Date of review: September 29, 2015 | Reviewed by: Rik Glauert
Taking over the space formerly occupied by Alba on the 10th floor of The Cubus in Causeway Bay is Town. In line with the concept of urban dining, the design has a modern and industrial feeling instead of a tropical Hawaiian vibe. The 3,000 square foot main dining area has a warm timber tone that juxtaposes with concrete and red brick walls, and natural sunlight floods in through floor-to-ceiling windows in daytime. The restaurant also contains a tiny balcony for smokers, a narrow yet rather cosy bar plus a private room that can accommodate up to 12 persons. Reserve a seat by the window and come on a quiet night (perhaps a Sunday) so that you don’t feel guilty about hogging that table for hours.
There’s a few instances of restaurants combining two of the world’s powerhouse cuisines: Italian and Japanese. Rarely, however, is this done particularly well. Town’s fusion goes beyond ‘intriguing’ to become revolutionary. The Town’s cuisine takes classic, rustic Italian dishes and peppers them with some of those magic Japanese flavours/ingredients/elements: miso there, ponzu here, a little bit of edamame or tempura. The menu is refreshingly small though the choices are all so tantalizing that making a choice is still a chore.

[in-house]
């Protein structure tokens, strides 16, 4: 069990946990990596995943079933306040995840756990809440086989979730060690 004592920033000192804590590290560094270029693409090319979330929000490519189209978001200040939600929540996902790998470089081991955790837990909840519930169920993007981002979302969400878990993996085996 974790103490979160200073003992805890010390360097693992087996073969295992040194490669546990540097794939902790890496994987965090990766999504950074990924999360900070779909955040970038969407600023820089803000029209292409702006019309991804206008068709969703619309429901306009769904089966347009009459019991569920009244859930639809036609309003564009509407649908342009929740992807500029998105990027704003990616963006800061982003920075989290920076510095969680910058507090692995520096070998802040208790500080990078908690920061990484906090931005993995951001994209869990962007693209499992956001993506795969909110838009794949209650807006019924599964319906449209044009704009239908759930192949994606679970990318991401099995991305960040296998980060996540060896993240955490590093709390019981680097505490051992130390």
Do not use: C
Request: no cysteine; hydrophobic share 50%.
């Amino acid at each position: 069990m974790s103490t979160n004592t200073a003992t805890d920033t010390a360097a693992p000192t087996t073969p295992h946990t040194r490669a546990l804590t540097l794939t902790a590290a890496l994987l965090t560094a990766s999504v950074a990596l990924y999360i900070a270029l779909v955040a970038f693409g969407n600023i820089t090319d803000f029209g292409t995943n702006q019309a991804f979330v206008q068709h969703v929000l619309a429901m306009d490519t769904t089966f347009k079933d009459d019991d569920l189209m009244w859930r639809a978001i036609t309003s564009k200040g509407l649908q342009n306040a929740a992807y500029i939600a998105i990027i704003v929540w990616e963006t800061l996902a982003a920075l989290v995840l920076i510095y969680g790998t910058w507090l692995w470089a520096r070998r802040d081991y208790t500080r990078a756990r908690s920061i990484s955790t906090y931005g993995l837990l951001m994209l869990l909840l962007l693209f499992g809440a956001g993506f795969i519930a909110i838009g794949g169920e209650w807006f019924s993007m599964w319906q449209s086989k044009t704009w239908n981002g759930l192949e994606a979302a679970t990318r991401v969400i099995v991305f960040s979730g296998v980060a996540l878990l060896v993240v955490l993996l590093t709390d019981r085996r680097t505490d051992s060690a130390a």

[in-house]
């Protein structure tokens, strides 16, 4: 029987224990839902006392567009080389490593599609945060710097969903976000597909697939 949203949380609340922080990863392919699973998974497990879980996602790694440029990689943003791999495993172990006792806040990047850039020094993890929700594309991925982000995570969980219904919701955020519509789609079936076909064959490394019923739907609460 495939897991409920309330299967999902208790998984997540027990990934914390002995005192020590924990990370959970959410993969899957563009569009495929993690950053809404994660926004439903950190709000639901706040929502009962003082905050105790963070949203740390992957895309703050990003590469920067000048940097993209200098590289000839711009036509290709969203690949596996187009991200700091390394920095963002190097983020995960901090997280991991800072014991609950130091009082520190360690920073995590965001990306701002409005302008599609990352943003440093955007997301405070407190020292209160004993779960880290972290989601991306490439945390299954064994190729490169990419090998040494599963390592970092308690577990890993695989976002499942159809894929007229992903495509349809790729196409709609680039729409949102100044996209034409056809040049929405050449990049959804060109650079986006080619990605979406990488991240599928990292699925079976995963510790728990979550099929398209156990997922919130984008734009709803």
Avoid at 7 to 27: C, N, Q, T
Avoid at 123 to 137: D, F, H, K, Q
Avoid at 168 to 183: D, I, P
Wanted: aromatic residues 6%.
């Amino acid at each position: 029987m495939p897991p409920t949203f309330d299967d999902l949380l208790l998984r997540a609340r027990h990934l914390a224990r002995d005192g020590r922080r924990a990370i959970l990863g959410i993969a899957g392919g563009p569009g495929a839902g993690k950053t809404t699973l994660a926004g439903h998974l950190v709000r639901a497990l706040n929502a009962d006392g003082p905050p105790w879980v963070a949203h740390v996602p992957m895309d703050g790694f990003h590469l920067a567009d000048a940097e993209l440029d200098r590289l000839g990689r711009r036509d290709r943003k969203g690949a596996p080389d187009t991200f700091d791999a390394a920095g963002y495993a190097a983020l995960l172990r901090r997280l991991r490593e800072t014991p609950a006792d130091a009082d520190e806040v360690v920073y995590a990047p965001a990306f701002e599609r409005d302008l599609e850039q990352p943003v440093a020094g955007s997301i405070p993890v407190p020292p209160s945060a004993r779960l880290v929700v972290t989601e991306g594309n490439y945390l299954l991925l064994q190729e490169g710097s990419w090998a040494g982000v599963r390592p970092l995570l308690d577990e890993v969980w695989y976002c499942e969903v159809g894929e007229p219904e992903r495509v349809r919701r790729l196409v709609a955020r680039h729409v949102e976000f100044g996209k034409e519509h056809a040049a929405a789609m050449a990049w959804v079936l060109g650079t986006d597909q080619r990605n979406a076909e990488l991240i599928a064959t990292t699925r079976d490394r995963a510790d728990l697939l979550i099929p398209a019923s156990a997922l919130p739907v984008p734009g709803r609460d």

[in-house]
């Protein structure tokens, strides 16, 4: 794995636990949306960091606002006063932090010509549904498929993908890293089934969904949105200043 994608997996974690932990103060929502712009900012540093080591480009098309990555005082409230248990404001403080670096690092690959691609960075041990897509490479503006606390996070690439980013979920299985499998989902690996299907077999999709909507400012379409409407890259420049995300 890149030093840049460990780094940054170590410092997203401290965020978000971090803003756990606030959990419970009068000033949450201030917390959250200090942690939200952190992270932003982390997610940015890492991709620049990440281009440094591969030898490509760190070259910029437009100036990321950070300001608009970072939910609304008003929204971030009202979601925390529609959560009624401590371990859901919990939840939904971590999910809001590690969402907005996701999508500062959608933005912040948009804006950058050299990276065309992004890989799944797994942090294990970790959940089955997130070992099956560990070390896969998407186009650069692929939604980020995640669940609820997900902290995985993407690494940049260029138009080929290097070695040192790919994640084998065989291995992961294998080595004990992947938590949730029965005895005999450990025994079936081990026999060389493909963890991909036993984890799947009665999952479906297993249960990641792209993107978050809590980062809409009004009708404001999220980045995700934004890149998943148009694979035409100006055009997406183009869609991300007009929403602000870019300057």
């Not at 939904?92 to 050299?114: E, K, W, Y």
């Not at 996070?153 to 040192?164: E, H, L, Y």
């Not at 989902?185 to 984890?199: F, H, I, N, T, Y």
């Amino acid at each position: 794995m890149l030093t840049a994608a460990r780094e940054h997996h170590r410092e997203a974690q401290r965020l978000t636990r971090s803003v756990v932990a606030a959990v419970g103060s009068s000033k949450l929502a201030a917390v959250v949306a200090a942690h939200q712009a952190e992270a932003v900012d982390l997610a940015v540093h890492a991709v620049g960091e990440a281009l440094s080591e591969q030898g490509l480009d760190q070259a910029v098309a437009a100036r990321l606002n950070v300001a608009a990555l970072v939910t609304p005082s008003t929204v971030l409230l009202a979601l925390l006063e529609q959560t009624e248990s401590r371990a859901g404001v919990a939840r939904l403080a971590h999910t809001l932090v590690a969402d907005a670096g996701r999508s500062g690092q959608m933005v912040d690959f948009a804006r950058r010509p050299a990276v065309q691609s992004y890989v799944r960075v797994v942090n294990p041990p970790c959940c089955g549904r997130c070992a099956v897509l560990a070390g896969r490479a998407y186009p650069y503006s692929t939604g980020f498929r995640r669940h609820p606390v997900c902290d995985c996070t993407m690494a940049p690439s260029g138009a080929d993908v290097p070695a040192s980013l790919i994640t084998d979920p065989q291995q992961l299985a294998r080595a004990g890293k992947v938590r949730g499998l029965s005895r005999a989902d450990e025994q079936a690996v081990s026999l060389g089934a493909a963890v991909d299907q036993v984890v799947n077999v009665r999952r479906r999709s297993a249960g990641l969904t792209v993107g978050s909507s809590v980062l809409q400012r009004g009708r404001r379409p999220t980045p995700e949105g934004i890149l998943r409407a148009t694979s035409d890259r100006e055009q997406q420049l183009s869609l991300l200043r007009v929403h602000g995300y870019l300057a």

When making your choices it is well worth saving some room for dessert. The chocolate ball with praline cream, crispy chocolate and chocolate soil is theatrical, sumptuous and delicious. You need to really like chocolate as it is pretty rich. For a (slightly) lighter option the Yuzu Souffle with Vanilla Ice Cream is incredibly tasty.
To start, the Sicilian Red Prawn Carpaccio is refreshing and delicate yet packed with flavour—a fusion success including black truffle caviar and yuzu.
The Short Ribs “Wagyu” Truffle Potato, Green Beans may not go all out on the fusion side of things but the flavours are incredible—rich tender meat, crunchy fresh green beans and truly sumptuous truffle potato.
Like the food menu, the wine menu is also rather bijou. However, the bottles have been well chosen to provide for a range of tastes and servers are keen to recommend bottles based on personal preferences and pairings with meals.
It’s hard to fault the service at The Town, dishes are brought promptly and accompanied by an explanation and no request goes unfulfilled.
The Town provides an evening of refined dining with a little twist for what would usually get you middle of the road fare in Soho.